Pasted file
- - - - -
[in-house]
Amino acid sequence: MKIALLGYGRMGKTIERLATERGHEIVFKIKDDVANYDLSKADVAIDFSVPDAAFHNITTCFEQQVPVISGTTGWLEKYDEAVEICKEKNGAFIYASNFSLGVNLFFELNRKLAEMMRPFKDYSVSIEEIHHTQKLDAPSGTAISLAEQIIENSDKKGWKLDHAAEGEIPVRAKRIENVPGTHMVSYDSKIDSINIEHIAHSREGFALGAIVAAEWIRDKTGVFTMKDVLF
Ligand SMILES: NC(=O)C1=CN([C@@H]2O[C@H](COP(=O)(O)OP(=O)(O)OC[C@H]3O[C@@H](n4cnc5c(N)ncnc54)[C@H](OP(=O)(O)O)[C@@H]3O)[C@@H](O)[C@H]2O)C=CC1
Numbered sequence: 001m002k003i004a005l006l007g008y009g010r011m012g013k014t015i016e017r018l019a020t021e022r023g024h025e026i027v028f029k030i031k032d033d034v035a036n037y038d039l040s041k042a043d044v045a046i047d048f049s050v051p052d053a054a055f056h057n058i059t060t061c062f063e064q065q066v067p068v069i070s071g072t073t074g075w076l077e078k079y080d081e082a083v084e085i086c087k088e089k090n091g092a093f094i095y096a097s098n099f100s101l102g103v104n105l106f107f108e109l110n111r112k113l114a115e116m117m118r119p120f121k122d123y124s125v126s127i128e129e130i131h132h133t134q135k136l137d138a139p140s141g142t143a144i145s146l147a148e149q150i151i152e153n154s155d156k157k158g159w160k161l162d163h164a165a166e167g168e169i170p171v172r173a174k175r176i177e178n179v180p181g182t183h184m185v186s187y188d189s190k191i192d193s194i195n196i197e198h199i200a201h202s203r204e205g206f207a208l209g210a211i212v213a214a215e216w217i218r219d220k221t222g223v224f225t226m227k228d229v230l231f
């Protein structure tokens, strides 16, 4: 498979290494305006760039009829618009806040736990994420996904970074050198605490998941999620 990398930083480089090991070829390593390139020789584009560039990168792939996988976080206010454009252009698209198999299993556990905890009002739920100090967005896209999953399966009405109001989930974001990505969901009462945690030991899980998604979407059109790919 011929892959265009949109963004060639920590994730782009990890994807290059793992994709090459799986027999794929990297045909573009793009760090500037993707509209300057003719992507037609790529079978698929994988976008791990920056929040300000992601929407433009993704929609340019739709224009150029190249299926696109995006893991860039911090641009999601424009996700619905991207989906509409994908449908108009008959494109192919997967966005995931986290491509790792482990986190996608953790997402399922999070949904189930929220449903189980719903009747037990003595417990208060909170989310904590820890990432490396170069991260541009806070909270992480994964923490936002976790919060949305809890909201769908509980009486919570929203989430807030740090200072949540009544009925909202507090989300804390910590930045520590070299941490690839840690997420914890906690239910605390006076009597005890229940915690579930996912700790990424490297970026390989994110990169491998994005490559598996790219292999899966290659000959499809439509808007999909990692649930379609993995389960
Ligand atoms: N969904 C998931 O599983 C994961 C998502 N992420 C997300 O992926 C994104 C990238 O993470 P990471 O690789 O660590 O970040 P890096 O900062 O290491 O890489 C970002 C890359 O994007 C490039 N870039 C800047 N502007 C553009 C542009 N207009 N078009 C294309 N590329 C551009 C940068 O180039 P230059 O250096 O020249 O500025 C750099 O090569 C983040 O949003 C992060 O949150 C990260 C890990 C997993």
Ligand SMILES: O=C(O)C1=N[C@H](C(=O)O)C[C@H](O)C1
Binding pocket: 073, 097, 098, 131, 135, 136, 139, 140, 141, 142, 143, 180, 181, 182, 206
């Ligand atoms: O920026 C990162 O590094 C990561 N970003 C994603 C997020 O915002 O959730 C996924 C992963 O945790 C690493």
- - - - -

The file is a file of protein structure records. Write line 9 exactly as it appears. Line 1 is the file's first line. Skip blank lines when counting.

């Ligand atoms: O920026 C990162 O590094 C990561 N970003 C994603 C997020 O915002 O959730 C996924 C992963 O945790 C690493």